Much like the trading posts of the old west, Andrus Outdoors is not only a place to purchase supplies and harvest crucial knowledge of the wildlife in southwestern North Dakota; it is a venue in which outdoors culture is cultivated and community is formed. A statured oasis in that sea of corporate consolidation often called “progress,” Here stands a bastion of dignified character and American individuality that has always been celebrated on the Western Edge.

For the past 16 years, Andrus Outdoors has been a hangout and watering hole for outdoors enthusiasts of every kind, all the while providing registry-like knowledge of the country and a general respect for its patrons.

From Tuesday through Saturday, from the purple peak of every North Dakota dawn til each glowing sun falls into the west, one is sure to find Greg and Susan Knutson, the place’s owners, toiling away at their respective errands around the shop.

According to the 2019-20 North Dakota Hunting and Trapping Guide Book, “Hunting on posted land without permission from the owner can be prosecuted even if the land is not posted to the letter of the law. Trespass is a criminal violation punishable by suspension of hunting, fishing and trapping privileges for a period of at least one year.”

“You’ve have to go ask that landowner for permission to hunt,” Greg confirms when asked about the legalities of crossing property lines while harvesting deer this season. “He owns that property so he has the right to say no on that property.”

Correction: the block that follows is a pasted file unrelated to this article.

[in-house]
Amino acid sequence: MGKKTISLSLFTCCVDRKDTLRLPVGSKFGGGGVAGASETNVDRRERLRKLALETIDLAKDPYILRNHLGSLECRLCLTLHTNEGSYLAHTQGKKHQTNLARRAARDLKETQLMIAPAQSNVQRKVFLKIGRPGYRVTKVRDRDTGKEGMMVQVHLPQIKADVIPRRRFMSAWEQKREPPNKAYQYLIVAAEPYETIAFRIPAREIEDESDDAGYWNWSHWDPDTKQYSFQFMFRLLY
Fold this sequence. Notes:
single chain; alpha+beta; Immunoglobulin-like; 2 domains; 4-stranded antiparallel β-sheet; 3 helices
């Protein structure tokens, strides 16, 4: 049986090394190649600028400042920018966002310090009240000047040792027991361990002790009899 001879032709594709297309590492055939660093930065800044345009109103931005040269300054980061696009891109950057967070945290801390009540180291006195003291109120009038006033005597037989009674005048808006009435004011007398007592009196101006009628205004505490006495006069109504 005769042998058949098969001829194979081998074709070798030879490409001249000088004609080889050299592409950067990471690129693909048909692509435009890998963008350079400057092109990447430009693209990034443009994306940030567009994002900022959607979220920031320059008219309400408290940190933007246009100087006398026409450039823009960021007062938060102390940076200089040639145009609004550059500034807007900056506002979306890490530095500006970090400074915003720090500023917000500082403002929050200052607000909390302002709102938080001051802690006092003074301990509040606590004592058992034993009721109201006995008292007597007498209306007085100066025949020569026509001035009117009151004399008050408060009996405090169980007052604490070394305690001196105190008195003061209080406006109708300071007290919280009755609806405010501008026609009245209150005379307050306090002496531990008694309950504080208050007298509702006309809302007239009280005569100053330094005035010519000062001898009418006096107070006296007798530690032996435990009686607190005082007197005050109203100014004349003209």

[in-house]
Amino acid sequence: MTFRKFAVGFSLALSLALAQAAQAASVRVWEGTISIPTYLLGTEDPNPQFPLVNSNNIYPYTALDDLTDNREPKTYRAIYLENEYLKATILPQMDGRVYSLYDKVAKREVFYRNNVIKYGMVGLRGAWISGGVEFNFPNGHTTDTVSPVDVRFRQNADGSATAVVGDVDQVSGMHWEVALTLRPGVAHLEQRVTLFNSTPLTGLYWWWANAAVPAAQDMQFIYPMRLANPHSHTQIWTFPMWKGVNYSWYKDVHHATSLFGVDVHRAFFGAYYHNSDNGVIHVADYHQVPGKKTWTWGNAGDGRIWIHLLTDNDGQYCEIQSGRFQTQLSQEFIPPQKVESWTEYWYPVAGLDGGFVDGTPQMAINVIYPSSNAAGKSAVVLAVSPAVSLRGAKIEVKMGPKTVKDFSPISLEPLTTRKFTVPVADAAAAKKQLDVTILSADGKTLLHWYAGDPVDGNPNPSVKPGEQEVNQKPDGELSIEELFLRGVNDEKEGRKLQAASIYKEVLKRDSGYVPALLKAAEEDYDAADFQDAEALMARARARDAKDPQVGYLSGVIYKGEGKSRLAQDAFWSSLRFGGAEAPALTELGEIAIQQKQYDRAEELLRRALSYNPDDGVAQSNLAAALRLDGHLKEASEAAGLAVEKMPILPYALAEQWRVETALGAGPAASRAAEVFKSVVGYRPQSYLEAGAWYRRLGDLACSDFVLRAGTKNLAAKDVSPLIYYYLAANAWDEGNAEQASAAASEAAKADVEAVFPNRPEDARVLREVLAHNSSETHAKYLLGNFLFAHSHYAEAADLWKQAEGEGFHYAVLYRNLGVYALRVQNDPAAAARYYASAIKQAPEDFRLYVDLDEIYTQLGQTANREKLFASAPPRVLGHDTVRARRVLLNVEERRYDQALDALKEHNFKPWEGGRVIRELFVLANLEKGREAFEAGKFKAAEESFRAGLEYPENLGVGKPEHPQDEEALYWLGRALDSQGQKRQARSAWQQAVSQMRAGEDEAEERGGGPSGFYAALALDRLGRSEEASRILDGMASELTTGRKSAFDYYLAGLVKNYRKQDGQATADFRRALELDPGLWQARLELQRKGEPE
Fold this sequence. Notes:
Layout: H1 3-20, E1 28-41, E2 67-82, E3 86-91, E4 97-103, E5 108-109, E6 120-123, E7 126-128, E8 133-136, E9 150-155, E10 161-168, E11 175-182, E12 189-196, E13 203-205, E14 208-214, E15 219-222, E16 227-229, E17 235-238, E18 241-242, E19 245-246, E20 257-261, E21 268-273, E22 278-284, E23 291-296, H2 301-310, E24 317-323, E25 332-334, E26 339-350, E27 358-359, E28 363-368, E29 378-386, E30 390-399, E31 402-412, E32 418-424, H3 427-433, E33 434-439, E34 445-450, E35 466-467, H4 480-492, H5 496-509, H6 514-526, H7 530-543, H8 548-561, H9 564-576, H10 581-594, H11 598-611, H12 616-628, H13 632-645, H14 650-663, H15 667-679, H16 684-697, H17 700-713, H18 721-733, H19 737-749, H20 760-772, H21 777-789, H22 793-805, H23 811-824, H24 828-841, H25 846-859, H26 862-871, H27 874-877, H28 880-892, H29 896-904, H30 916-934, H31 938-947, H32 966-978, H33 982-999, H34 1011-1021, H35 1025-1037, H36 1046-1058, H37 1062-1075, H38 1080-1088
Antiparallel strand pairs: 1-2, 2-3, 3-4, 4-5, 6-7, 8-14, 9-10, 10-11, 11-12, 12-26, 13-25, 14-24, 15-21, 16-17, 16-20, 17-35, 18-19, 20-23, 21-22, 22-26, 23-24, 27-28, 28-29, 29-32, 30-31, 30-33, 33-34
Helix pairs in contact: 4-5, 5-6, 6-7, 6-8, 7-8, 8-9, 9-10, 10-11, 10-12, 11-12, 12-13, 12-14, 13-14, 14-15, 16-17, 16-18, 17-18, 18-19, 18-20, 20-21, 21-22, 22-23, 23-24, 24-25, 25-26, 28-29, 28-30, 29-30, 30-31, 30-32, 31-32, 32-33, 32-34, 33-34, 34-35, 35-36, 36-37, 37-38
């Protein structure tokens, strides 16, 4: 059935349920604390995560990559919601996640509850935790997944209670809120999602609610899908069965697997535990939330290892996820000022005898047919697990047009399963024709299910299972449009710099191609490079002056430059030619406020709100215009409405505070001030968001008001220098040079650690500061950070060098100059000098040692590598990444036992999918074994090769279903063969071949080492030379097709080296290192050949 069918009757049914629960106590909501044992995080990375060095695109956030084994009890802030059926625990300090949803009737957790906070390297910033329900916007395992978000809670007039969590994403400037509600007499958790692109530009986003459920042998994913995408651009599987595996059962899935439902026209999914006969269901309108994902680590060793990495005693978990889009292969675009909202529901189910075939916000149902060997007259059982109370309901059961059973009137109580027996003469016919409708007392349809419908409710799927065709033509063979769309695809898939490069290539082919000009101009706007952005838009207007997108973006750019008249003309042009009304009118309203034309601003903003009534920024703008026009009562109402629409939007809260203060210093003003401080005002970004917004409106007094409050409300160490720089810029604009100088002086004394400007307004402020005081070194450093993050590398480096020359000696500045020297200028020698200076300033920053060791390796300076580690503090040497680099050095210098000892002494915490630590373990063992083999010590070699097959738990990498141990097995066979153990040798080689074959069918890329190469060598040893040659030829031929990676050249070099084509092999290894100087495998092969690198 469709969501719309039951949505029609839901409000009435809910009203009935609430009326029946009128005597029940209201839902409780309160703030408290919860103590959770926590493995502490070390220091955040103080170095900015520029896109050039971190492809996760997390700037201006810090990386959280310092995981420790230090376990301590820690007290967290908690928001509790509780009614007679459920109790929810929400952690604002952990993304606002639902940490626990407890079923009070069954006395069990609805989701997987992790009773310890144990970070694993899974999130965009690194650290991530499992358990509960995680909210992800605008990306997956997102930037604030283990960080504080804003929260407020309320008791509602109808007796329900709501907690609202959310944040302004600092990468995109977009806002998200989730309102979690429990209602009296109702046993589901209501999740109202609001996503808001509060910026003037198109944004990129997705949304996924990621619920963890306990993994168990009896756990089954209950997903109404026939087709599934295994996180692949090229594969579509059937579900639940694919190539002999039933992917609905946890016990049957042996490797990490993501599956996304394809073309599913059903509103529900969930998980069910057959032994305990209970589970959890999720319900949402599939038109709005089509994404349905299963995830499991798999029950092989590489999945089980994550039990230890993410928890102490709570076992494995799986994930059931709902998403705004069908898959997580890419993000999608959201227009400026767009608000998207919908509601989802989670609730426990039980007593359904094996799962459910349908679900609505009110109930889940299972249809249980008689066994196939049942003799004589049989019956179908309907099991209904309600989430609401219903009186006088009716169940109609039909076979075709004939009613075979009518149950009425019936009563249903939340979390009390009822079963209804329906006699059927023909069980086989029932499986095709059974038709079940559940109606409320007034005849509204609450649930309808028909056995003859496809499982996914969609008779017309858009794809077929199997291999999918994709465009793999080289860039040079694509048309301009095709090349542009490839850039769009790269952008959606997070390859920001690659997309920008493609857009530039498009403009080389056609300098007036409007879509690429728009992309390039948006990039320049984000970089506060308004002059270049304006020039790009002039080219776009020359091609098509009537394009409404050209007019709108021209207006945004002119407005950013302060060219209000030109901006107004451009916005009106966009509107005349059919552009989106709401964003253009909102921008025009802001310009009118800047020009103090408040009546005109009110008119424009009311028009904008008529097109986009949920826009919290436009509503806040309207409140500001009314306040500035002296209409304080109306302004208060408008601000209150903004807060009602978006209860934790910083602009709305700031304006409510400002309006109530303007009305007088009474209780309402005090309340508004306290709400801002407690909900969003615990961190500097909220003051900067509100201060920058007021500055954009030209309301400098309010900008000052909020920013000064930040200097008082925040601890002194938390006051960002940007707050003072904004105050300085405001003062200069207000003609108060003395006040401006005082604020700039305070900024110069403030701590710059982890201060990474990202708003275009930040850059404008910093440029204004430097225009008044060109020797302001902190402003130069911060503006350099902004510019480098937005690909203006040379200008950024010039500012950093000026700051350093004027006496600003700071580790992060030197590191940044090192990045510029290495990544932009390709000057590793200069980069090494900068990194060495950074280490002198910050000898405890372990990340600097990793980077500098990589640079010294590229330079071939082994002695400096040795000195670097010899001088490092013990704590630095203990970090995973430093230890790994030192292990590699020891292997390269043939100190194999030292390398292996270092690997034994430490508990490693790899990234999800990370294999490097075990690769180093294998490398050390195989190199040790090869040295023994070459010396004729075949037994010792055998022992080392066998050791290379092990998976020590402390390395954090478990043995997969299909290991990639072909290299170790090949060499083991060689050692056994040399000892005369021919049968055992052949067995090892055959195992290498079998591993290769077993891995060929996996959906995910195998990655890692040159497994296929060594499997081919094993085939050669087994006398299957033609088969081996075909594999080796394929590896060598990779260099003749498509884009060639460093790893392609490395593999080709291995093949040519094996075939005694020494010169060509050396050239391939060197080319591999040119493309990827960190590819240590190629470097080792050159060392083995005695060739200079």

“It's always good to ask, though, to be respectful to the landowner,” the proprietor added.

According to Greg, it's usually a matter of domestic expediency that prevents most landowners from allowing hunters free access to their properties. “There are some people who will let you hunt, but then there are some people that have family and they’re going to let the family hunt their own property,” he said.

The Knutsons’ knowledge of fishing abounds, as well.

“Well, there’s always Patterson Lake right on the west side of Dickinson, about a mile out of town on Highway 10,” Mr. Knutson said, trying to recall all his favorite spots in the area. “The guys that stop here in the summer, they go to Lake Sakakawea, about 70 miles north of here.”

The outdoors aficionado does recommend that augers show extra caution this season.

“Right now, the ice just isn’t safe so fishing won’t be good for a while,” he said. “Then, with this warm weather we’re having for the next 10 days or so, it's probably going to make it rotten. There’s been some guys fishing up there, but it's just not safe.”

For years, stores like these had no natural predators, but now, not five miles from this little mom-and-pop establishment, a blue, corporate supermarket sign looms just over the hill adding an undertone of urgency to this once easy locale.

The Knutsons are still a laidback pair of proprietors but the pressure is on.